You may have seen last week that Stratasys released the Stratasys Creative Colours painting system with the Stratasys Connex3 printer inside of Photoshop CC. I wanted to get you up and running with this exciting technology in small steps, over a series of blog posts. This one is around making sure that you have the correct colour palette selected inside Photoshop CC.
Before you start to paint in Photoshop CC, you need to tell it how to represent the colours which the painting engine will use. Before you start to paint, you will need the Photoshop profiles and install them, the profiles can be found here and should be fairly straight forward to install by following the guide on the website.
First things first, open the model that you wish you paint on. In the example below, it’s a simple fake comedy moustache.
The next step is to select the colours that are loaded in the printer, ultimately this colour set will determine the colours used by the printer to print the painted 3D object.
To make sure that Photoshop knows about the colours of the materials loaded into the printer, the working profile of the current environment will need to be changed.
- Select from the Photoshop Menu / Edit / Assign Profile
- Once selected, Photoshop might say that the colours can change the appearance, click ok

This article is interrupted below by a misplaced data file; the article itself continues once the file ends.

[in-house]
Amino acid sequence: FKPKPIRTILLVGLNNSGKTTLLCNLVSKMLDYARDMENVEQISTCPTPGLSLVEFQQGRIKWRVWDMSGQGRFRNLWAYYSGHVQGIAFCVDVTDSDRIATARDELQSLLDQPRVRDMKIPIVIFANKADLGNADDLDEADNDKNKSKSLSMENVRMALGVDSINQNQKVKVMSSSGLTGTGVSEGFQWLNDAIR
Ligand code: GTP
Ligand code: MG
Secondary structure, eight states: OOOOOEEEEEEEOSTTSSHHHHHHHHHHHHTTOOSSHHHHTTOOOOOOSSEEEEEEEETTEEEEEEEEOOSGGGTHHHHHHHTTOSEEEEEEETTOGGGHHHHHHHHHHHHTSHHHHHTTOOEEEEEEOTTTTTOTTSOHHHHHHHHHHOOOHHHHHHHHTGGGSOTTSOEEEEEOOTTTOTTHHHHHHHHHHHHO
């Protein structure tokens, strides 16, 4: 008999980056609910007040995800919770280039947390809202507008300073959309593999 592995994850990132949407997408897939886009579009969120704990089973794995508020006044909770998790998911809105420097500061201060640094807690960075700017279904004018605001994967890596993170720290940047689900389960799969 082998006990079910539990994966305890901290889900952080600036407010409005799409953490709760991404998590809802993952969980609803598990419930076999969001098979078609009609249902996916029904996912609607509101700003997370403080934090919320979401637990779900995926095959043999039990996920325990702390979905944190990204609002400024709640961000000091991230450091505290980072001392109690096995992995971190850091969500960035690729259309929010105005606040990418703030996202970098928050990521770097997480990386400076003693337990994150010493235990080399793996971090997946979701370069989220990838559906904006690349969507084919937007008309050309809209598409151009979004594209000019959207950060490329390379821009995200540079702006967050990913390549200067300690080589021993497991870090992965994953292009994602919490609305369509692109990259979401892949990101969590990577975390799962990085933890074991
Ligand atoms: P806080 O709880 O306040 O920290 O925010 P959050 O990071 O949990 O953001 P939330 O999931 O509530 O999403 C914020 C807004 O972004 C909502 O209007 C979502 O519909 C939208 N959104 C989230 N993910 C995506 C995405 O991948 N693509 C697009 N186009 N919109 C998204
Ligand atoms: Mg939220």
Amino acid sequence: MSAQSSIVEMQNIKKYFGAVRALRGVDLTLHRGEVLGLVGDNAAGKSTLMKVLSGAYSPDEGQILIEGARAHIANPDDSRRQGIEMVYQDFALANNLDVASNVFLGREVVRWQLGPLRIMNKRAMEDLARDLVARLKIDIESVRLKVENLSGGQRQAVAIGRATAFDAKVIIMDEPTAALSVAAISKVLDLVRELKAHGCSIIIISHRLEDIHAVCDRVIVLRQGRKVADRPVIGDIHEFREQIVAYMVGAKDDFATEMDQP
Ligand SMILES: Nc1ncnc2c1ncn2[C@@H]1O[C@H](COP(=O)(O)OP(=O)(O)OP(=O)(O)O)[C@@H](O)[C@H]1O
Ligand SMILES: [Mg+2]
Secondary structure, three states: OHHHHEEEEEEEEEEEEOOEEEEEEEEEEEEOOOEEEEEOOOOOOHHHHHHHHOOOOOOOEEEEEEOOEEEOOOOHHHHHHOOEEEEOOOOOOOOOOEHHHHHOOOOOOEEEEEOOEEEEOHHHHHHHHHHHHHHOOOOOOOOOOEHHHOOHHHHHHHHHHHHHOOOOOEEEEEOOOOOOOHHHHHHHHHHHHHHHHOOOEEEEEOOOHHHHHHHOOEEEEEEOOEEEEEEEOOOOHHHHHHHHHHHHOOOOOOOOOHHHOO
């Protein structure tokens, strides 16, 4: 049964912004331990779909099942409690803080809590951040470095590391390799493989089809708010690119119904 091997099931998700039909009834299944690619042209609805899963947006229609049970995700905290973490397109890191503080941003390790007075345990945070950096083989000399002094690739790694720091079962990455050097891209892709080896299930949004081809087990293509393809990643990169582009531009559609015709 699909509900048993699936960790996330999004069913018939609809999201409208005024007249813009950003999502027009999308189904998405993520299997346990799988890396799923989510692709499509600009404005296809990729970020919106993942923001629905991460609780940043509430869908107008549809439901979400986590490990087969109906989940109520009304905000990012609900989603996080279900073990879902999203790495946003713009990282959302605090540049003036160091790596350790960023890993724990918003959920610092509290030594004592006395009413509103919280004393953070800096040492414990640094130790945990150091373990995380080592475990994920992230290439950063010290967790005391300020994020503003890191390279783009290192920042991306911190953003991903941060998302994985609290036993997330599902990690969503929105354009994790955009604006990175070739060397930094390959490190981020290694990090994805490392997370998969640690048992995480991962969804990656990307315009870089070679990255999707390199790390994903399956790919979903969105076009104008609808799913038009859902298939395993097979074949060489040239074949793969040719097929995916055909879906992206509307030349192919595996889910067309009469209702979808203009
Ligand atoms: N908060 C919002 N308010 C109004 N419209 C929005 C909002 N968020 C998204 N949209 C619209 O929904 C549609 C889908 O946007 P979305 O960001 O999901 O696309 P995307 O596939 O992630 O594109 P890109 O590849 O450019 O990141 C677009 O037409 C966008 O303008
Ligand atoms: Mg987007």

- Choose Profile from the next dialog, then choose the colour combination that is loaded into the printer. The one selected here is Pure White, Magenta and Yellow.
Once selected the 3D view port inside Photoshop will change to represent this colour profile.
(N.B. When using RGB colours, either sRGB or Adobe RGB and interchange between them, you most likely won’t notice much of a difference inside Photoshop. In this instance you will, due to the 3 colour range, as opposed to the complete colour range in RGB + white and Black. Also the Connex colour are not a direct map to the RGB colour range. This is why this stage is extremely important when painting in Photoshop for the Connex3).
Everything turns a bit strange (as shown below), because in this case of the white and black mappings. White and Black are at the extremities of both ends of the colour spectrum, therefore in this case white will stay white and black will turn red. Some profiles will show different colour ranges here. The best thing to do next is to selected a colour for the background, so you can see what you will be painting on.
In this case the white areas will stay white (because white is within the profile range), however Black will be turned to red (this is because there is no black in the profile and it’s nearest neighbour is red).
You can test this by resetting the foreground and background colour swatch by pressing the ‘D’ key. You will see the lower and upper most (white and black) range.
Some times the white might not be present, therefore the background might obscure the object. In this case i would create a new empty layer behind the 3D model (by using a new empty layer), and painting it a different colour to the model (as below)
Now you can carry on painting, using the foreground and background colours with the paint brushes of Photoshop. We will get on to painting next, but for know, please experiment with this setup to get comfortable.